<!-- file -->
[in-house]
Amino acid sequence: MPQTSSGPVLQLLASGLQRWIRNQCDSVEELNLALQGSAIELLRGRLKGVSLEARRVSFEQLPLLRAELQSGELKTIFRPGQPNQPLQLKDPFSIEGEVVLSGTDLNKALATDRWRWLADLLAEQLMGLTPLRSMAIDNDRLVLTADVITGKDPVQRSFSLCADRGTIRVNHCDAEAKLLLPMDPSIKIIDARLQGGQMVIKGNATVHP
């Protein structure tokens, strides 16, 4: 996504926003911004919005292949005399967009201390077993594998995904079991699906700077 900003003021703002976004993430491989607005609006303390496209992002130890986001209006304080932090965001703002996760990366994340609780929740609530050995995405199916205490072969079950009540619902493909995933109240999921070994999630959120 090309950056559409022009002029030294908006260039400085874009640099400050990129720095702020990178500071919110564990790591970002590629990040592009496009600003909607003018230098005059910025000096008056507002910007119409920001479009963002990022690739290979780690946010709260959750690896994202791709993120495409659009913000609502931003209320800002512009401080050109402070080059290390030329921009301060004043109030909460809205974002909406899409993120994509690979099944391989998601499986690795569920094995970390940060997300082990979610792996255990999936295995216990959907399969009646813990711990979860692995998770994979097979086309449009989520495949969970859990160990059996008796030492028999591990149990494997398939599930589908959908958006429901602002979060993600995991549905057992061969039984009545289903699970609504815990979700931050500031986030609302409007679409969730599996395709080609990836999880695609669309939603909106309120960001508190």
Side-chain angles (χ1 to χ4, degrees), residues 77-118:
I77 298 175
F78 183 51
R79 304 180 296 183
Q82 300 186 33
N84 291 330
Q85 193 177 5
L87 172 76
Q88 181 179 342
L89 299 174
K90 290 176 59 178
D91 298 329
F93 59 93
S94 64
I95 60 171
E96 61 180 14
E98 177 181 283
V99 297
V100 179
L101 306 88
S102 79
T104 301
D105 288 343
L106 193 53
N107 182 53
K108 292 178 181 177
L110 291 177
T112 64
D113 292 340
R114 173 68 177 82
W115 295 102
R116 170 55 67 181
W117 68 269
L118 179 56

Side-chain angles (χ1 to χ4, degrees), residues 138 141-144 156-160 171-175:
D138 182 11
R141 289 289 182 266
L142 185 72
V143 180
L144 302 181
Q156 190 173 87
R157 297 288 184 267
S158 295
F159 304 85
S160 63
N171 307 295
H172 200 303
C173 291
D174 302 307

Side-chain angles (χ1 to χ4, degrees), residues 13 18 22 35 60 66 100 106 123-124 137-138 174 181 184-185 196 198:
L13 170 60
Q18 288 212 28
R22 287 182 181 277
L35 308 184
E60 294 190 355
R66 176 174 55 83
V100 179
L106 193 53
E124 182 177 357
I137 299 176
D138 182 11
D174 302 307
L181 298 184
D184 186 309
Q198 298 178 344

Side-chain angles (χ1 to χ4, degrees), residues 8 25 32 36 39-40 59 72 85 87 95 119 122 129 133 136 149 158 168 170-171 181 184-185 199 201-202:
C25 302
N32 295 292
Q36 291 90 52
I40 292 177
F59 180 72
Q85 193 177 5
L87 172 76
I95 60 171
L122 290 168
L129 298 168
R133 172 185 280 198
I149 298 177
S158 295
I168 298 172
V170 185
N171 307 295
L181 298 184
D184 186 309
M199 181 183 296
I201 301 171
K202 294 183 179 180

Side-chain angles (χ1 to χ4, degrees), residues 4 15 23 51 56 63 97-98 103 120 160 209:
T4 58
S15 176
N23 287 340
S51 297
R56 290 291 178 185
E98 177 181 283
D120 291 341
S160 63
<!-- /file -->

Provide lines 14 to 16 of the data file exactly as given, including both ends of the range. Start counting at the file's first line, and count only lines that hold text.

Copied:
K90 290 176 59 178
D91 298 329
F93 59 93